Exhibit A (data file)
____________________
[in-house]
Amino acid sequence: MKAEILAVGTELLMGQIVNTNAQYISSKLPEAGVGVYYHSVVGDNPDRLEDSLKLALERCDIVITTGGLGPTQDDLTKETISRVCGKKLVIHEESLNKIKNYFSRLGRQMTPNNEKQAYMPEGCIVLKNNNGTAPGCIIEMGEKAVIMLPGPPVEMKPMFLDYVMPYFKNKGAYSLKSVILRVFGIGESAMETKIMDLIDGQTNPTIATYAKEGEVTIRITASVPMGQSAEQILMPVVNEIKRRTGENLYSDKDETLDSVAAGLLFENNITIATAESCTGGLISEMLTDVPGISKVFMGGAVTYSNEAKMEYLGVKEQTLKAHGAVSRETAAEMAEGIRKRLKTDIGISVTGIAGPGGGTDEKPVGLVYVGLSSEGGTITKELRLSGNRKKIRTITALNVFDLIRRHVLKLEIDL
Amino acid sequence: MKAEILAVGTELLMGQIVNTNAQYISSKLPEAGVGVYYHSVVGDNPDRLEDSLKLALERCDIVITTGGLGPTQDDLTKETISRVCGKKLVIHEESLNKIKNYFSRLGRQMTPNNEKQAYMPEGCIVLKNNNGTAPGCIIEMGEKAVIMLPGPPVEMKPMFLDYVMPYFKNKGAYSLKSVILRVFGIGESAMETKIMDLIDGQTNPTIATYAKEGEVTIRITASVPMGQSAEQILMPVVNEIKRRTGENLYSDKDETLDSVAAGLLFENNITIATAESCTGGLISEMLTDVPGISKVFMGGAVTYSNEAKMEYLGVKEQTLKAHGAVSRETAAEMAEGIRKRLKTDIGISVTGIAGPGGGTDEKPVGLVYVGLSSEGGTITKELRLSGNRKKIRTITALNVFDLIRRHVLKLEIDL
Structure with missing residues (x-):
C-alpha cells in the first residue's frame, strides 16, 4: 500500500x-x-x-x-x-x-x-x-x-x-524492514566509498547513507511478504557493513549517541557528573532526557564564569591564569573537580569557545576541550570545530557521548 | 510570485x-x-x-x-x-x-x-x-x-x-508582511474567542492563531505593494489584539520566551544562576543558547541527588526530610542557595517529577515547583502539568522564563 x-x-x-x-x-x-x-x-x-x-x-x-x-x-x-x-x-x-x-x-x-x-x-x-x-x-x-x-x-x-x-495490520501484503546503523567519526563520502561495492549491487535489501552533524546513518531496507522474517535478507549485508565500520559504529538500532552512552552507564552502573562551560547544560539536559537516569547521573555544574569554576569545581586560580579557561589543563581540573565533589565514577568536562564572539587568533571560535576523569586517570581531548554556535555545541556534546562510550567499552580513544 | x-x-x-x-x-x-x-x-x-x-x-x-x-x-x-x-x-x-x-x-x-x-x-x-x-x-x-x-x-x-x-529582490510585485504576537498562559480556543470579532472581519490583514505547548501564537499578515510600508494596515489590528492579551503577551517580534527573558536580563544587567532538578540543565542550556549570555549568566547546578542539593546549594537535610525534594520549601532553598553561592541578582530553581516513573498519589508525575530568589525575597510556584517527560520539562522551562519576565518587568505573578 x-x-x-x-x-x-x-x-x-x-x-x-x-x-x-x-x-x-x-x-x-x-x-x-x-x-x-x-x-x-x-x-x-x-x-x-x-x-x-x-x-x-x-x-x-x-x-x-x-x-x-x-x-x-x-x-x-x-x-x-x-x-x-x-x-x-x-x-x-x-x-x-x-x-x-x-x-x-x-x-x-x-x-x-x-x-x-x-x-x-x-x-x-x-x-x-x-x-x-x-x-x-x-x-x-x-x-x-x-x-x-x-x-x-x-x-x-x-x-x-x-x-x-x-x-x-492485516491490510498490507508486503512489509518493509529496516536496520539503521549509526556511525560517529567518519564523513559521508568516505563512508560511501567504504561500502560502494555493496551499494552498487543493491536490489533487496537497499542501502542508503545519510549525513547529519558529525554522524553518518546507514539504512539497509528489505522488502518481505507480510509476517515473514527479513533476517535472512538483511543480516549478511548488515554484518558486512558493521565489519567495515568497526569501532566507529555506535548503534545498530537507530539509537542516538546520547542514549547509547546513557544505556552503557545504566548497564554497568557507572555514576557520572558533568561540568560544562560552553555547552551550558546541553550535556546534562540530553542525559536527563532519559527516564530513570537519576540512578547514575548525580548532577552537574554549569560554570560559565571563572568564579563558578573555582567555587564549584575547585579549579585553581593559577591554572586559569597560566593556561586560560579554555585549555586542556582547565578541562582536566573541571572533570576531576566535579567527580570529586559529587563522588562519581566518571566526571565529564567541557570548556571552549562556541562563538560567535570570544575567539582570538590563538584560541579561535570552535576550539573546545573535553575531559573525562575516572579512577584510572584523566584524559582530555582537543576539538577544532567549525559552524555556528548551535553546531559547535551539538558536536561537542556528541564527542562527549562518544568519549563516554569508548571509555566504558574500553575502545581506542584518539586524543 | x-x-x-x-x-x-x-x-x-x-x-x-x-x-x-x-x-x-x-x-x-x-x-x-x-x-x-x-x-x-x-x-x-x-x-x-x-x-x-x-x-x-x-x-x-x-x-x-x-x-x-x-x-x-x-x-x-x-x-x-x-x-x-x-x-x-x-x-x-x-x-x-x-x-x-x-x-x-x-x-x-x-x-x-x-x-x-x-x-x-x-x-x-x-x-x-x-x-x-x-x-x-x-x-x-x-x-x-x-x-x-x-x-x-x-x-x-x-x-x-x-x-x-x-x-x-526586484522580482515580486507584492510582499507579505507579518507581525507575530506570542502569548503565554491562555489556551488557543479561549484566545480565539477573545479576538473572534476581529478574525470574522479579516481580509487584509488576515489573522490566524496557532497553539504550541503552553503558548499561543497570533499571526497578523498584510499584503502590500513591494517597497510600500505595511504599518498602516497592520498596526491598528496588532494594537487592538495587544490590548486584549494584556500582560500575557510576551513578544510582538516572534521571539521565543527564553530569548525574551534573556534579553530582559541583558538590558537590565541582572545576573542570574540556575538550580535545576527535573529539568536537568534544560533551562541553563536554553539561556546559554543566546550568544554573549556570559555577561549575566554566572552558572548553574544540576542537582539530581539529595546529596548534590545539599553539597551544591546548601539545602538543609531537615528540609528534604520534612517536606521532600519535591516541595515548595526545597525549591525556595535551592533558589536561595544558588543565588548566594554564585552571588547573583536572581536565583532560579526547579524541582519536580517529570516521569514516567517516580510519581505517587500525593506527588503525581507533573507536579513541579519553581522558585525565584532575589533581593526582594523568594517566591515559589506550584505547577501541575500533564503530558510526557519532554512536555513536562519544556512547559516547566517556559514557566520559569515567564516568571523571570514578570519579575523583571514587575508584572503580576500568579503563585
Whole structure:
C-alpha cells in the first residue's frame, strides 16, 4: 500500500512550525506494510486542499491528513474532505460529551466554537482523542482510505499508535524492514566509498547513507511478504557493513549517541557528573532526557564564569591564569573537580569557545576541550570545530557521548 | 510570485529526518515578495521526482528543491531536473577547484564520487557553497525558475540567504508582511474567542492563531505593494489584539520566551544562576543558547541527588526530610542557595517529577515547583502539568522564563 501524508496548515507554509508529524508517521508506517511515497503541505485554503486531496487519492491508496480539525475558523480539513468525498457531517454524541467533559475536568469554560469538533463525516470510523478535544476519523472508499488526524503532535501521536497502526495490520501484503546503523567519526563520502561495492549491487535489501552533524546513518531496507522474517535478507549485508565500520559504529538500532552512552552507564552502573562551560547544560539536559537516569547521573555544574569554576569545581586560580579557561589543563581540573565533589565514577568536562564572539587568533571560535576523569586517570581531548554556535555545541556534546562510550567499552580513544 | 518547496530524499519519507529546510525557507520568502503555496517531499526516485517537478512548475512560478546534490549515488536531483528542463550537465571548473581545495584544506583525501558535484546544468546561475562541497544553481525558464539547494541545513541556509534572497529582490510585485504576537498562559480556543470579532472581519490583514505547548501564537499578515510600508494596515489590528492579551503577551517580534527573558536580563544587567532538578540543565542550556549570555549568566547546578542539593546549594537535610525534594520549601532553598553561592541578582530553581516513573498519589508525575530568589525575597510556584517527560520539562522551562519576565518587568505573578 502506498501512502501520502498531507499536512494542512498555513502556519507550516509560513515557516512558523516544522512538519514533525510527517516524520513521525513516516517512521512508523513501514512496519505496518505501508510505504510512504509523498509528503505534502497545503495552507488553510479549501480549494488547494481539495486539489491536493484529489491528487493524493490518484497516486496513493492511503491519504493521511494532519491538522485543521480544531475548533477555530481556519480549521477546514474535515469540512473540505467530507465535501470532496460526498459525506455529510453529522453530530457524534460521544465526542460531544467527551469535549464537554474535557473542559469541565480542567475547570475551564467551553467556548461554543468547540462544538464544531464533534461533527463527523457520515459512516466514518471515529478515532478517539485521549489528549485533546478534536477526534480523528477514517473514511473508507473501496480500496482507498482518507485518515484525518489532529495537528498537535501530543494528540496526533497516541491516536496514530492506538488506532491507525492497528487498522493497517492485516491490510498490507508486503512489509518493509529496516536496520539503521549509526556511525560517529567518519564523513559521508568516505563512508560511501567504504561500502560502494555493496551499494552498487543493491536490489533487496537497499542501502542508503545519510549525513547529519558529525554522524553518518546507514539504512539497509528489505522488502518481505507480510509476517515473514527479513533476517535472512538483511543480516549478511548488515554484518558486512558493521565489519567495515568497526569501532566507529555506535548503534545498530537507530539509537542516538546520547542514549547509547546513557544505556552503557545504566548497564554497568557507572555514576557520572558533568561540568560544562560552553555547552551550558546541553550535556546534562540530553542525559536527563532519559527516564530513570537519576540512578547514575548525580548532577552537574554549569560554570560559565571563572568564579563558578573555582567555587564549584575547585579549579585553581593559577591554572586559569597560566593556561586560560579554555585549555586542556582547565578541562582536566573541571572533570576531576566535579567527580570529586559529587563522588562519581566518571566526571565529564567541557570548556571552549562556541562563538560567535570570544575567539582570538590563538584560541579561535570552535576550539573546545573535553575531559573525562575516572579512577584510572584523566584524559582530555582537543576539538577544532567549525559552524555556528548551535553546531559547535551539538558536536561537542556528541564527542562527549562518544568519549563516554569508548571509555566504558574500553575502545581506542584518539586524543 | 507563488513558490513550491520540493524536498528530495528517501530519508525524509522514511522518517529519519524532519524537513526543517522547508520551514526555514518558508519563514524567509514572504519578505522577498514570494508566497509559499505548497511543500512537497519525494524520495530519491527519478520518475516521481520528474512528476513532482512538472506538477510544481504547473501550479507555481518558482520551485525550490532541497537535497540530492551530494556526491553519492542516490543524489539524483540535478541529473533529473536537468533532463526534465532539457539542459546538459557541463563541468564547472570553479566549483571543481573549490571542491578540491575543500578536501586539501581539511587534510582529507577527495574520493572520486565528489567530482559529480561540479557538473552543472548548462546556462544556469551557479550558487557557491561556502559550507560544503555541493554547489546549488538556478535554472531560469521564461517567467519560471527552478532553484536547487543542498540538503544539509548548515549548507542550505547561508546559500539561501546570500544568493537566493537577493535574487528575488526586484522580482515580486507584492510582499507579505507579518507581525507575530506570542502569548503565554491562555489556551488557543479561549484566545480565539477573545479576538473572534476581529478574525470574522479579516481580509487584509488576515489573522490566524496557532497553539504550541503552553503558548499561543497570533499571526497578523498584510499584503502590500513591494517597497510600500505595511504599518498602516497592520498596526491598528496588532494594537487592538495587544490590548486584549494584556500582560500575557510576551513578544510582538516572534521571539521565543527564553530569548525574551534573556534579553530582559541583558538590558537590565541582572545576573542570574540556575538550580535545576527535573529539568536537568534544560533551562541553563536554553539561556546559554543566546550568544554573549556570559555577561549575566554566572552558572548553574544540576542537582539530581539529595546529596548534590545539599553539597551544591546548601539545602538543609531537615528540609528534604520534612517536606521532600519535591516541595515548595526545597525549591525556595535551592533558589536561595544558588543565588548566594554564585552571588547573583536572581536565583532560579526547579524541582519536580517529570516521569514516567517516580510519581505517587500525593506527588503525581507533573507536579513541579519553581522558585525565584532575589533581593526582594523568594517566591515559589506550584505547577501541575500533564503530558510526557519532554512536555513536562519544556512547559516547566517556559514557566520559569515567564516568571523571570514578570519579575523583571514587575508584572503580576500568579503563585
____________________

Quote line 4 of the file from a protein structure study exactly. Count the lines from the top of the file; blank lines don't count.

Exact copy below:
Structure with missing residues (x-):